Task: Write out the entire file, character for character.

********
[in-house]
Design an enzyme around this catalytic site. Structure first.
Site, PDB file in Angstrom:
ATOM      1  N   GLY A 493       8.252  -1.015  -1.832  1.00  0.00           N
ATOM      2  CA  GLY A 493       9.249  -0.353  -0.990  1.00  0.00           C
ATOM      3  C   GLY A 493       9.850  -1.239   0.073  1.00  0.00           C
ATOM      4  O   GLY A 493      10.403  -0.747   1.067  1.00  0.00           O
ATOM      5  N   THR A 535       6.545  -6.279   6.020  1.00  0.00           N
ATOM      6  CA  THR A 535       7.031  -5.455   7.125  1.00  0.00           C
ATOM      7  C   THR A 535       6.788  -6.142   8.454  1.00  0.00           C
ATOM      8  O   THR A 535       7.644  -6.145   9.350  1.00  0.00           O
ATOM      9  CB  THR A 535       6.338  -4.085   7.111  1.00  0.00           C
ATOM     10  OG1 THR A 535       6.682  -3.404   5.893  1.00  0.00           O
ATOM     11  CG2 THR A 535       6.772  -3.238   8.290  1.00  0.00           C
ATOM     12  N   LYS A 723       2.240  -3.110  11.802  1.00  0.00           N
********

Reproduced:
[in-house]
Design an enzyme around this catalytic site. Structure first.
Site, PDB file in Angstrom:
ATOM      1  N   GLY A 493       8.252  -1.015  -1.832  1.00  0.00           N
ATOM      2  CA  GLY A 493       9.249  -0.353  -0.990  1.00  0.00           C
ATOM      3  C   GLY A 493       9.850  -1.239   0.073  1.00  0.00           C
ATOM      4  O   GLY A 493      10.403  -0.747   1.067  1.00  0.00           O
ATOM      5  N   THR A 535       6.545  -6.279   6.020  1.00  0.00           N
ATOM      6  CA  THR A 535       7.031  -5.455   7.125  1.00  0.00           C
ATOM      7  C   THR A 535       6.788  -6.142   8.454  1.00  0.00           C
ATOM      8  O   THR A 535       7.644  -6.145   9.350  1.00  0.00           O
ATOM      9  CB  THR A 535       6.338  -4.085   7.111  1.00  0.00           C
ATOM     10  OG1 THR A 535       6.682  -3.404   5.893  1.00  0.00           O
ATOM     11  CG2 THR A 535       6.772  -3.238   8.290  1.00  0.00           C
ATOM     12  N   LYS A 723       2.240  -3.110  11.802  1.00  0.00           N